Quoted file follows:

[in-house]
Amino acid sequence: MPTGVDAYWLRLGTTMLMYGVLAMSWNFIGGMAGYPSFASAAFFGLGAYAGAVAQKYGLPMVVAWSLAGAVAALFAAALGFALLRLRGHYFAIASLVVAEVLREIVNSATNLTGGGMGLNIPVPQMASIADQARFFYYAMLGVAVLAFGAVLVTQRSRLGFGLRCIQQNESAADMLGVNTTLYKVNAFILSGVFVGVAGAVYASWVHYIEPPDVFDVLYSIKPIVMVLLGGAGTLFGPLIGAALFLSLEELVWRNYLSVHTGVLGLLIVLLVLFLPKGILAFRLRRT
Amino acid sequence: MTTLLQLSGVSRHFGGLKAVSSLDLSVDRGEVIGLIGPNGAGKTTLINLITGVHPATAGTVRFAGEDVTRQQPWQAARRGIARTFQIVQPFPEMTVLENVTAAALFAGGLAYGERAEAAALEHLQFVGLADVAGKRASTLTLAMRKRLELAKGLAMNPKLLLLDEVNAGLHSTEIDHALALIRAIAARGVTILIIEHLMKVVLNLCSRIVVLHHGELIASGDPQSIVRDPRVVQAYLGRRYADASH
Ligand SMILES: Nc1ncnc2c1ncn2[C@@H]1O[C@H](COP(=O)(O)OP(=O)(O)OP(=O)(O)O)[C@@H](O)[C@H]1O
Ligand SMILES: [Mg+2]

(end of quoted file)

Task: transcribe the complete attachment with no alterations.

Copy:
[in-house]
Amino acid sequence: MPTGVDAYWLRLGTTMLMYGVLAMSWNFIGGMAGYPSFASAAFFGLGAYAGAVAQKYGLPMVVAWSLAGAVAALFAAALGFALLRLRGHYFAIASLVVAEVLREIVNSATNLTGGGMGLNIPVPQMASIADQARFFYYAMLGVAVLAFGAVLVTQRSRLGFGLRCIQQNESAADMLGVNTTLYKVNAFILSGVFVGVAGAVYASWVHYIEPPDVFDVLYSIKPIVMVLLGGAGTLFGPLIGAALFLSLEELVWRNYLSVHTGVLGLLIVLLVLFLPKGILAFRLRRT
Amino acid sequence: MTTLLQLSGVSRHFGGLKAVSSLDLSVDRGEVIGLIGPNGAGKTTLINLITGVHPATAGTVRFAGEDVTRQQPWQAARRGIARTFQIVQPFPEMTVLENVTAAALFAGGLAYGERAEAAALEHLQFVGLADVAGKRASTLTLAMRKRLELAKGLAMNPKLLLLDEVNAGLHSTEIDHALALIRAIAARGVTILIIEHLMKVVLNLCSRIVVLHHGELIASGDPQSIVRDPRVVQAYLGRRYADASH
Ligand SMILES: Nc1ncnc2c1ncn2[C@@H]1O[C@H](COP(=O)(O)OP(=O)(O)OP(=O)(O)O)[C@@H](O)[C@H]1O
Ligand SMILES: [Mg+2]